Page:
There are various reasons for setting aside some extra money when you can. Most financial experts recommend having an emergency fund of three-to-six months of basic living expenses in case of unforeseen circumstances. Beyond that, however, you may be looking for more alternatives to savings accounts and have specific goals you’re trying to save for. Whether it’s a car purchase, a vacation, college expenses, or something else, putting away cash when you have the means to do so is an essential step in your financial journey.
When you do have some extra money, simply letting it sit is not recommended. The reason for that is because of inflation. Cash loses value as time goes on. However, the good news is that several financial products offer you a way to grow your money until you’re ready to use it.
So – what to do with extra money you have lying around? There are several options you have. When deciding what option works best for you, consider return on investment (ROI), how soon you will need to access the funds, and how easy they are to pull from the account.
Here are a few alternatives to traditional savings accounts:
High Yield Savings Account
Consider a high-yield saving account if you want a step up from traditional savings accounts. Unlike traditional savings, high-yield savings accounts don’t have a maturation date or withdrawal penalties, meaning you can access your cash anytime. Yet whereas currently, the average national savings rate is just 0.24%, high-yield savings accounts can return over 3% annually. Over several years, that difference adds up.
Some high-yield savings accounts offer bonuses or higher interest rates for higher balances.
Certificate of Deposit
A certificate of deposit, or “CD” for short, is a special type of savings account with a fixed time period and interest rate. CDs typically have a higher interest rate than regular savings accounts. Since the interest rate is fixed, your money is not tied to continuously fluctuating interest rates that may dip below their initial starting number.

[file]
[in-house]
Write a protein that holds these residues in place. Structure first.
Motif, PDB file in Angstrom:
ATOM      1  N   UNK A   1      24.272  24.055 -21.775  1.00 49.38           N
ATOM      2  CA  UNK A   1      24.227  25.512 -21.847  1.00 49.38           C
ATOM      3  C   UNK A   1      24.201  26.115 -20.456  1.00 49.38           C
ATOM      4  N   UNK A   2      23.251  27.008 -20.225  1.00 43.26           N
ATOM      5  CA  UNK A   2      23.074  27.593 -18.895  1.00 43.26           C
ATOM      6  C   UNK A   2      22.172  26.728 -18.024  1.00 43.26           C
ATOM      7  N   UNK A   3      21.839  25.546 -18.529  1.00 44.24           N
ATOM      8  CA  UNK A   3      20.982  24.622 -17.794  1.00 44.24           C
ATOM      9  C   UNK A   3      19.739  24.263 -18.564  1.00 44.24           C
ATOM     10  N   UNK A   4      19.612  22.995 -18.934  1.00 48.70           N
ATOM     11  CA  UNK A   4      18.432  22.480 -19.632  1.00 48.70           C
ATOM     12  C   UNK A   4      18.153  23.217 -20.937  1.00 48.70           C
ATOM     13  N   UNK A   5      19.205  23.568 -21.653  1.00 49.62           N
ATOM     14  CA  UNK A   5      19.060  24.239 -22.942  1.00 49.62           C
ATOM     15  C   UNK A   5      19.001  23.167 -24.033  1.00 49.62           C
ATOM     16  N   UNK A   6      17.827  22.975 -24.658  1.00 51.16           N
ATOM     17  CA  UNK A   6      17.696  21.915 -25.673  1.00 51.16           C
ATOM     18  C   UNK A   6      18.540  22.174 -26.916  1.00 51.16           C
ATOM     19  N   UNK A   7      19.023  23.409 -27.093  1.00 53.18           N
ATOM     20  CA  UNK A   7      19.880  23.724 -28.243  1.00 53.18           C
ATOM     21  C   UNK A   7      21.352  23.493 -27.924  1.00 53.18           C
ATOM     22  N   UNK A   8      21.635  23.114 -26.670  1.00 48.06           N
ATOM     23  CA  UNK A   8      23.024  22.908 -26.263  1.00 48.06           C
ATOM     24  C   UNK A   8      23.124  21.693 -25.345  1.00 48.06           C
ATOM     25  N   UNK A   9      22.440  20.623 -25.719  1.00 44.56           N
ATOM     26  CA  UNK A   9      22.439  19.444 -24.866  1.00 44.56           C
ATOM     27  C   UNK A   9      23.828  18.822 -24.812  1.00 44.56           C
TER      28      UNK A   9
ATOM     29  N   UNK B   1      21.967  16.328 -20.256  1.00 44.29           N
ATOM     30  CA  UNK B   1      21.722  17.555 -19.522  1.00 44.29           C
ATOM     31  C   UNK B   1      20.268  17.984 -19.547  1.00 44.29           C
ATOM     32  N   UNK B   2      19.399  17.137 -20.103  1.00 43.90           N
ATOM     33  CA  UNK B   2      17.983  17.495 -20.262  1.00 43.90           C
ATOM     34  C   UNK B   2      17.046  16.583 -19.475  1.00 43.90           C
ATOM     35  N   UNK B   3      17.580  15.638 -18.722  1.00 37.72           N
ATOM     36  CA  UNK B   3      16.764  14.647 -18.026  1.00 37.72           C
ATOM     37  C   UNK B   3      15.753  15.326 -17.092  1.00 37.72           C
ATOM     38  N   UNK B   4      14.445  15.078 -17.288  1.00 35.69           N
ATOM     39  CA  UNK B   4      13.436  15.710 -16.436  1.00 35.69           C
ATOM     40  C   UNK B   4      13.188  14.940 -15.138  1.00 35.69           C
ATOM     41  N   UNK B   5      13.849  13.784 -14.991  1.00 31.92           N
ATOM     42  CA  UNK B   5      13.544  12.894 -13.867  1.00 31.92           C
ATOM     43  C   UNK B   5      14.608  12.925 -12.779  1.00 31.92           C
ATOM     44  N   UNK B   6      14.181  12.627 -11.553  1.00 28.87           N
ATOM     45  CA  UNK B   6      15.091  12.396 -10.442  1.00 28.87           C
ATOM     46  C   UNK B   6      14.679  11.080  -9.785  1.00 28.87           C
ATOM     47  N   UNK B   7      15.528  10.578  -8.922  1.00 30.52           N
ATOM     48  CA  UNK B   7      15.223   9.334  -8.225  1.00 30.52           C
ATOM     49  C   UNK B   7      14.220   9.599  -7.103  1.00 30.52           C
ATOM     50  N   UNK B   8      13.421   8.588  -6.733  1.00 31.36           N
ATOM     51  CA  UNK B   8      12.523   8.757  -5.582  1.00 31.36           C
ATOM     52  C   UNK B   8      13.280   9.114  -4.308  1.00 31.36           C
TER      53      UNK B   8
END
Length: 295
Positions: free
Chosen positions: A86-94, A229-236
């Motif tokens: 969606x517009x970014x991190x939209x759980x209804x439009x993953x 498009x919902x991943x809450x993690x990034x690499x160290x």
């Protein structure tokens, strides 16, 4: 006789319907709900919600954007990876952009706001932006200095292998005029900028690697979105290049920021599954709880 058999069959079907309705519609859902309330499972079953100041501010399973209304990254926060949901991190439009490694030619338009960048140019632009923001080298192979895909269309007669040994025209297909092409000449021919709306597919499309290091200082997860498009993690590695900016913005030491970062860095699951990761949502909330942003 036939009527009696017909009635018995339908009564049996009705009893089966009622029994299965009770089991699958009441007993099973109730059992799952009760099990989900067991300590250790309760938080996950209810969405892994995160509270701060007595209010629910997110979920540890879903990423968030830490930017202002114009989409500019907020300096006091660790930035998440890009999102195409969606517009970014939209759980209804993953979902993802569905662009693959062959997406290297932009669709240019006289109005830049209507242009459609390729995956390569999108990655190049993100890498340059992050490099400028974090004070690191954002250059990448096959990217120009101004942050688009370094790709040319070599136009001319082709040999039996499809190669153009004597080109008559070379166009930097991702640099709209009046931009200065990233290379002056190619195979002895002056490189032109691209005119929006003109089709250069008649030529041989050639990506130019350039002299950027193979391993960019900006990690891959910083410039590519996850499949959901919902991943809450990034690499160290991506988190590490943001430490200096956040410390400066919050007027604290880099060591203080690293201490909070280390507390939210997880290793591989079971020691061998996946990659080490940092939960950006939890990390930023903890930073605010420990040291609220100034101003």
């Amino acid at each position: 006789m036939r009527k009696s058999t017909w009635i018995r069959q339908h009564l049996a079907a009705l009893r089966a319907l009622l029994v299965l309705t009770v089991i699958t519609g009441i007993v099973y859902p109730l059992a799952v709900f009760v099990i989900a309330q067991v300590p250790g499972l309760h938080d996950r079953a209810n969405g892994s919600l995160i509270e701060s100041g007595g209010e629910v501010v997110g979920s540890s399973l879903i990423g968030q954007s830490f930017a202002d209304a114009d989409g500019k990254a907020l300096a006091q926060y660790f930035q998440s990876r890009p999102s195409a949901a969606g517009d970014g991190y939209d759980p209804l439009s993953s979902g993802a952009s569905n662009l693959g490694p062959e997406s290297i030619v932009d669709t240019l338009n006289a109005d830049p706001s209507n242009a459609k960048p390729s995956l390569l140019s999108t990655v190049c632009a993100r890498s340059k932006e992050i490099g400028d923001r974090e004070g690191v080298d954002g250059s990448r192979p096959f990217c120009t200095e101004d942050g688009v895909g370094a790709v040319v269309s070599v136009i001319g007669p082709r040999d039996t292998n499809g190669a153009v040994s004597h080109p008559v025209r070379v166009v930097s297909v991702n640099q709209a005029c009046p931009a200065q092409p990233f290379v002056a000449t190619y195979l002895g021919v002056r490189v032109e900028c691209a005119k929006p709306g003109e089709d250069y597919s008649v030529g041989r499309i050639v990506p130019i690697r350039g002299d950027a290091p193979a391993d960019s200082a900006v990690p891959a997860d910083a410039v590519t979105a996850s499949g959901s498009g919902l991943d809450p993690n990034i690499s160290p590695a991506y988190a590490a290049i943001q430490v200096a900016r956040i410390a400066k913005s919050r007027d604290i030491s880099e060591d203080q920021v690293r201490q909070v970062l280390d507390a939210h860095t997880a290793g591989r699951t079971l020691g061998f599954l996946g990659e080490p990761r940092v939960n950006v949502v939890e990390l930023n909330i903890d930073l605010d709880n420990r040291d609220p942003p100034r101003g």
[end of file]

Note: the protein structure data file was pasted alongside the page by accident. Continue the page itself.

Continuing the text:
Another difference between CDs and regular savings accounts is that you must wait to withdraw your money from a CD before the maturation date. If you do, you will have to pay a withdrawal penalty. Thus, while it is a good savings place, only consider CDs if you know you won’t need to access your money until the agreed-upon term is up.
Banks and credit unions offer money market accounts and typically provide higher interest rates than traditional savings accounts. They also offer other bank-related features, such as debit cards and the ability to write checks. Interest rates are variable in money market accounts, can fluctuate from time to time. Also, banks usually impose some restrictions on money market accounts, such as a minimum balance and a limited amount of transactions per month.
Interest Earning Checking Accounts
If you want to make money on a checking account, consider finding a checking account that earns interest. Since checking accounts are usually for cash you are spending instead of a savings place, finding a checking account that earns interest can take some searching, as not all financial institutions offer them. If you have an interest-bearing checking account, you will typically receive monthly interest payments, allowing you to earn extra cash in all accounts.
Some banks have even gotten creative recently with their checking account rewards, such as offering cryptocurrency instead of traditional interest.
Interest Bearing Business Checking Accounts
If you own your own business, having a good handle on your finances is critical. Many aspects of your business revolve around banking, from handling invoices to paying staff. Finding the right place to store your money is one of the most important decisions a business owner can make.
While different business checking accounts out there offer different rewards, there are some that offer interest on your balance and are a great way for your cash to grow on its own. Depending on your balance, various business checking accounts can earn between 0.50%-3.5% APY.
In conclusion, no matter your financial goals, you have quite a few options on what to do with extra money, where to store it, and how your balance can grow on its own. Be sure to do your research – many online tools compare various options, so choose the right one for you!